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Valve access issue solved at Kansas water treatment plant

The Rotork RHS mounted on the walkway enables the user to conveniently and safely operate, interrogate and configure the IQ3 actuators below.
The Rotork RHS mounted on the walkway enables the user to conveniently and safely operate, interrogate and configure the IQ3 actuators below.

A water treatment facility in Olathe, Kansas, has deployed a novel solution to a valve access problem.

The gravity filter plant houses 18 butterfly valves in an area beneath a walkway, making access and operation of the actuators a complicated task. Recent rehabilitation work at the facility has included the installation of Rotork IQ3 intelligent electric valve actuators, replacing the electric valve actuators from a different manufacturer and helping address the access problem.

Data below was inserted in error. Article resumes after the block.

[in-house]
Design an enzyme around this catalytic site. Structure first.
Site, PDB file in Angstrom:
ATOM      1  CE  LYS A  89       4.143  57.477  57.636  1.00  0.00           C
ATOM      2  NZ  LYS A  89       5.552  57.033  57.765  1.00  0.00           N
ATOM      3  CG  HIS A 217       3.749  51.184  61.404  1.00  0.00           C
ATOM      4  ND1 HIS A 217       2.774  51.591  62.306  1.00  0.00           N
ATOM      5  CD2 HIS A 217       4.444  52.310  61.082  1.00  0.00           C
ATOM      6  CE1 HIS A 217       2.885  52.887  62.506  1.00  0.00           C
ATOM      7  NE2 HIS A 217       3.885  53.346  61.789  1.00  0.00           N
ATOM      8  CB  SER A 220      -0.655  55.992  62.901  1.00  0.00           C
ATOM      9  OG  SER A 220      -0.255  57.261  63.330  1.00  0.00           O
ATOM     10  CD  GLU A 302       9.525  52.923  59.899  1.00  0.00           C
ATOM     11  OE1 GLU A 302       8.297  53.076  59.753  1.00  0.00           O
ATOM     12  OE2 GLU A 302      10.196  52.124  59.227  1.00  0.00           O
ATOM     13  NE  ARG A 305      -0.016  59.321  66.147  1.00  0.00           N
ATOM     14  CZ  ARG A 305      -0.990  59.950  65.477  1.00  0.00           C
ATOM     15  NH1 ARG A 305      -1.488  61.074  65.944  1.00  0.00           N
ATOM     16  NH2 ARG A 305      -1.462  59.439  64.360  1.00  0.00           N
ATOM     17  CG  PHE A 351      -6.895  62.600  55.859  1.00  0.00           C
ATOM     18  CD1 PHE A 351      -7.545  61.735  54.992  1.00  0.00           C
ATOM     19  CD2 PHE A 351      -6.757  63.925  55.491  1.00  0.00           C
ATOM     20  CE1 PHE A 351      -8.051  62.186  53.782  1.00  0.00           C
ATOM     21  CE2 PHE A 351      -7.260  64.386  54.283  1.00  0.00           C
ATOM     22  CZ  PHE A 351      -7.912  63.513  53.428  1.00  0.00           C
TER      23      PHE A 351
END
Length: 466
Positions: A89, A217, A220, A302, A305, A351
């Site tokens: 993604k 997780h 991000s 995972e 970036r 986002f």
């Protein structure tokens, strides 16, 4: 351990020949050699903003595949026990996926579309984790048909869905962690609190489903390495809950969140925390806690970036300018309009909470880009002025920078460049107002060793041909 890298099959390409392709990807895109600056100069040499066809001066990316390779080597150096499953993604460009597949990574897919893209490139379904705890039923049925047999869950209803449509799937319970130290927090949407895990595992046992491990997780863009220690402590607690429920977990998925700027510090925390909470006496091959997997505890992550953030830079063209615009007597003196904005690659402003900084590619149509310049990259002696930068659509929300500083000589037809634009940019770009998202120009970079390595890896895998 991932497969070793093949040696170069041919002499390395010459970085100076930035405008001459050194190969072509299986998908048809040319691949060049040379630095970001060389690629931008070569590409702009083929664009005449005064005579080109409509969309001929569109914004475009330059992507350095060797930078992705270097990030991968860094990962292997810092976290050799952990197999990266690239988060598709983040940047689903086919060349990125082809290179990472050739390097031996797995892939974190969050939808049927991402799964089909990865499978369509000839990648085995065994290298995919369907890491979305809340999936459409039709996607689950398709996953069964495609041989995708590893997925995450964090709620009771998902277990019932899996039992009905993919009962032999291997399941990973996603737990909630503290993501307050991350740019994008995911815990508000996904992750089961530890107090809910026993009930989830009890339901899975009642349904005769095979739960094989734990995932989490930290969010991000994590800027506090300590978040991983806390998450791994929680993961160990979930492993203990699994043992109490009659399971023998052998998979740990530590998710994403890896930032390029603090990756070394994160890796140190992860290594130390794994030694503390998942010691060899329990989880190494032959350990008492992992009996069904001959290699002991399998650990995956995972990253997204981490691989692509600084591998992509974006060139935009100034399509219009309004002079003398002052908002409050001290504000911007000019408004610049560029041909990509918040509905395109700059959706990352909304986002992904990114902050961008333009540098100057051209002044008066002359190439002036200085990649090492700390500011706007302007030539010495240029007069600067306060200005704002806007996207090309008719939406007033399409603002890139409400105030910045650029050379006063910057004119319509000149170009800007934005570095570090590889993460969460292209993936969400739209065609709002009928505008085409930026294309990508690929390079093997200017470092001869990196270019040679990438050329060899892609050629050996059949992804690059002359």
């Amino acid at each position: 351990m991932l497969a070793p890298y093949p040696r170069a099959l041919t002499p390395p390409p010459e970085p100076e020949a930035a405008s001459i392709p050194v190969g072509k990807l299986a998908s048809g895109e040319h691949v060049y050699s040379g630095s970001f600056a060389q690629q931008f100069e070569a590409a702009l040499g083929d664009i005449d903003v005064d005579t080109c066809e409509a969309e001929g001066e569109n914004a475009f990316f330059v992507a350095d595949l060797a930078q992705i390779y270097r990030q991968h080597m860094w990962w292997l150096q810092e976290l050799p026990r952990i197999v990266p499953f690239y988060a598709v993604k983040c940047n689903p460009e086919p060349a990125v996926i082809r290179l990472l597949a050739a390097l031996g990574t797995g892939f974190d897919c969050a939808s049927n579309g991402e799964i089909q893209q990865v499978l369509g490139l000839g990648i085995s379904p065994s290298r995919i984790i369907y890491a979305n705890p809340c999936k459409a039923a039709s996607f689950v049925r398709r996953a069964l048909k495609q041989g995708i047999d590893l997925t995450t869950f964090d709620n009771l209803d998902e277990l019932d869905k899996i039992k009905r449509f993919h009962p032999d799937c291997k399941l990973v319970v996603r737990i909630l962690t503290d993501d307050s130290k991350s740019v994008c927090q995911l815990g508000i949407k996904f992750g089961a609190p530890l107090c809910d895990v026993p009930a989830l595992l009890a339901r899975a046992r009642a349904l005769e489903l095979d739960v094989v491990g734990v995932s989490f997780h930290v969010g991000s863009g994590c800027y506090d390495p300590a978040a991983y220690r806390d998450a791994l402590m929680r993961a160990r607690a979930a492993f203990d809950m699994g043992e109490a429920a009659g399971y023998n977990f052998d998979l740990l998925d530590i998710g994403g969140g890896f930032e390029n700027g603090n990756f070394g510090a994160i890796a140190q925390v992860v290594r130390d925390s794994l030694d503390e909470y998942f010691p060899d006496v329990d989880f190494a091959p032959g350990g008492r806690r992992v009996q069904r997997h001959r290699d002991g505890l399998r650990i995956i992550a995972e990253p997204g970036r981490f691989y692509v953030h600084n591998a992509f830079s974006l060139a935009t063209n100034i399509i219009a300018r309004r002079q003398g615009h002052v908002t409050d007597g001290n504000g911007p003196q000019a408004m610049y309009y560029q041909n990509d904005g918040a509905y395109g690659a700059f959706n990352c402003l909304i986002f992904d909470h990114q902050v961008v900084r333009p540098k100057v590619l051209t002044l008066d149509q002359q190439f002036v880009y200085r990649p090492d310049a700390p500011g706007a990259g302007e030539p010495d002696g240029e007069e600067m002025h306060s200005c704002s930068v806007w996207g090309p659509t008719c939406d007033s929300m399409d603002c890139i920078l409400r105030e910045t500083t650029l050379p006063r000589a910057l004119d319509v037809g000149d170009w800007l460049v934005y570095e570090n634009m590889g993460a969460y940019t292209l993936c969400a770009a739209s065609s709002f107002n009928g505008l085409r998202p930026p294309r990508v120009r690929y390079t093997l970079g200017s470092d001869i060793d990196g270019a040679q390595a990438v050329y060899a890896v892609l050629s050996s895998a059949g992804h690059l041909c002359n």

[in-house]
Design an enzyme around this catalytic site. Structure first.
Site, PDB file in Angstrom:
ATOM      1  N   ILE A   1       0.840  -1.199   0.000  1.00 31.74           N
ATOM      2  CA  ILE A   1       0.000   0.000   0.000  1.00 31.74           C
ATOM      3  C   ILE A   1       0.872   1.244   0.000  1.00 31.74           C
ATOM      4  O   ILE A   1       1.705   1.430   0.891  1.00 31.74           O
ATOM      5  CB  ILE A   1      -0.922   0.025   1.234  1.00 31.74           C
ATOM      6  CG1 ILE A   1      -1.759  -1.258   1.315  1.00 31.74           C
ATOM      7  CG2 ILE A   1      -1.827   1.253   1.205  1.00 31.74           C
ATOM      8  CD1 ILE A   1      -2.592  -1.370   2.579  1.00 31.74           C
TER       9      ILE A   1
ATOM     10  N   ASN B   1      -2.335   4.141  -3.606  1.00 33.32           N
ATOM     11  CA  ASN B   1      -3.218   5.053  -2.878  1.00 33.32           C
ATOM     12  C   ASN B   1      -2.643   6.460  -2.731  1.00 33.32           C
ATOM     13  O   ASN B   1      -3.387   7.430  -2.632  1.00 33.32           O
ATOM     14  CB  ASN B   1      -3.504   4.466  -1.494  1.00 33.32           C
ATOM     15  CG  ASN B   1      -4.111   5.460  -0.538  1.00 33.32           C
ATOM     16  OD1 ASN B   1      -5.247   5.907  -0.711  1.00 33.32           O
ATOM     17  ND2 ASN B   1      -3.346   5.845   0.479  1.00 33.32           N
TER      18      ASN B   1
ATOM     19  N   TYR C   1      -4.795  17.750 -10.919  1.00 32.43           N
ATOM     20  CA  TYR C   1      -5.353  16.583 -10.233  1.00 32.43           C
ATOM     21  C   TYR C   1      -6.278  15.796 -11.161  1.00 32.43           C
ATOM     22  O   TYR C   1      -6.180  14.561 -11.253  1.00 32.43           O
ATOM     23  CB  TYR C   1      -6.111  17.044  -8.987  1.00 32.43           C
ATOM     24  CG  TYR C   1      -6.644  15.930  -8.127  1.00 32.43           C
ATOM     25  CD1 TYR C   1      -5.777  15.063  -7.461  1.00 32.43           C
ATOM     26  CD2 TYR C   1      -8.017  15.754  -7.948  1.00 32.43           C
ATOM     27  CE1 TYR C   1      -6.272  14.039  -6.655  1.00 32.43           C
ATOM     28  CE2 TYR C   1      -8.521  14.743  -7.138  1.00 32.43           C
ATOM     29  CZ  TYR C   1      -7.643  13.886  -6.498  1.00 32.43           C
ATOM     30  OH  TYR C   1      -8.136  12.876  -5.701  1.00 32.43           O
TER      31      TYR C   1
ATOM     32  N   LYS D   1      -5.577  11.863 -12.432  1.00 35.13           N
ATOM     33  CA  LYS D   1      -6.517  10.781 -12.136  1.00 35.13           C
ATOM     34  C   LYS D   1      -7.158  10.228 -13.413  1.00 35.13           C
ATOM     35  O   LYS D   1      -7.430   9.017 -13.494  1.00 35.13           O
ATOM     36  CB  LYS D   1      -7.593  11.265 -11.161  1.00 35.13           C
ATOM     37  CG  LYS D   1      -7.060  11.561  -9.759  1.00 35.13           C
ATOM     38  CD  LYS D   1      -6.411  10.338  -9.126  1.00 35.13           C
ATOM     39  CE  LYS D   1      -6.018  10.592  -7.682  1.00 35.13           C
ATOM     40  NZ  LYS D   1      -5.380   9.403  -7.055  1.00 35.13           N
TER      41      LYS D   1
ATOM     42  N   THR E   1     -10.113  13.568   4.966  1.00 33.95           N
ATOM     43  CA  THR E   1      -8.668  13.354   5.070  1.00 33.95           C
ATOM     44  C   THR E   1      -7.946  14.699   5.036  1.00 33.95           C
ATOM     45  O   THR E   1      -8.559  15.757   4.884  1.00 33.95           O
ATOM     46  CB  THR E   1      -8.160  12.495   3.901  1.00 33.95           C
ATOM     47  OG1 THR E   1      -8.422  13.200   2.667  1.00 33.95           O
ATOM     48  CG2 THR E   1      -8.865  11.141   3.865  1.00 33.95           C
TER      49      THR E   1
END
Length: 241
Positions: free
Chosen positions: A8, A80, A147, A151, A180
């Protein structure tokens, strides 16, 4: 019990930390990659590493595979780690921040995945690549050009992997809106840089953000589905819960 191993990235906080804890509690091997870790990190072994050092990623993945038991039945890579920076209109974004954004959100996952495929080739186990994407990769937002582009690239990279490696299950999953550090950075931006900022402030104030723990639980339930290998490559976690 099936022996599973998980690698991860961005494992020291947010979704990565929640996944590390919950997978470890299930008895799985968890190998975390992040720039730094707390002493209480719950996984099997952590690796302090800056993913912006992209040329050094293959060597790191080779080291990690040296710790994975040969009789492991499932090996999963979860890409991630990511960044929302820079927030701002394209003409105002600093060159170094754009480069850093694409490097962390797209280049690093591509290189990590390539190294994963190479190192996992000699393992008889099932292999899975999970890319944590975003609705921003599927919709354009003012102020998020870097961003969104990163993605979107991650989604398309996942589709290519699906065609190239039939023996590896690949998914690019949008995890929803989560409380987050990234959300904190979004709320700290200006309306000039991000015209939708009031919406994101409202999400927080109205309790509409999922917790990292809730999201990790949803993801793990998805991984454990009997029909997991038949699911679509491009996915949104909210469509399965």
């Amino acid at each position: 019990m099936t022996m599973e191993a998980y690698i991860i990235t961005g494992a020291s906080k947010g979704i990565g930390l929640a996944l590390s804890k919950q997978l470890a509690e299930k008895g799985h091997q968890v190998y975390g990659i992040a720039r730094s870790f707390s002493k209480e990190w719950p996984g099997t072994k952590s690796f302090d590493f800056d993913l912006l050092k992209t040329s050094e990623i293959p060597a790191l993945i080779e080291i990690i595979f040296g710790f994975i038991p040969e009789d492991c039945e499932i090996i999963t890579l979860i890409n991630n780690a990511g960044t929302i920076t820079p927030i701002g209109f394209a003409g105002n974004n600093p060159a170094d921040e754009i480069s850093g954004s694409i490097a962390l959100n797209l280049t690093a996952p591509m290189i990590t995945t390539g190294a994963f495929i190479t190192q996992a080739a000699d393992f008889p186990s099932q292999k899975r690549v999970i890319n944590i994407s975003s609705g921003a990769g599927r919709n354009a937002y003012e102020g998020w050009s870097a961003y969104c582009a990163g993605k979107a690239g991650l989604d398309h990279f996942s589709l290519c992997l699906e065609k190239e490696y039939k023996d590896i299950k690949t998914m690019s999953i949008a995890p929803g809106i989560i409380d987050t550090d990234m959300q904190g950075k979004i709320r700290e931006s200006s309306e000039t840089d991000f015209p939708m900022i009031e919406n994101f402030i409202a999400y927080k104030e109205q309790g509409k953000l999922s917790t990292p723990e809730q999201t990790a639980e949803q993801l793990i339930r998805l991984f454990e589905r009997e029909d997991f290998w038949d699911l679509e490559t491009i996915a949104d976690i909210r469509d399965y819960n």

According to a Rotork statement, Remote Hand Stations (RHS) have been installed alongside the new actuators. These RHS provide an exact duplicate of the actuator switches, display window and control interface. The devices are mounted on the walkway to enable the user to safely operate, interrogate and configure the actuators below.

Each RHS is powered by the actuator, with which the unit shares all the benefits of the same O-ring sealed IP68 double-sealed environmental enclosure. Rotork claims that standard comms wiring suitable for the operating environment is all that is required between the actuator and the RHS, which can be installed at a distance of up to 100 metres (328ft) from the valve.

Using the Rotork hand-held setting tool with its secure wireless Bluetooth link, this information can be downloaded and transferred to a PC for analysis using Rotork Insight2 diagnostic software to fulfil asset management requirements.

The Rotork RHS mounted on the walkway enables the user to conveniently and safely operate, interrogate and configure the IQ3 actuators below.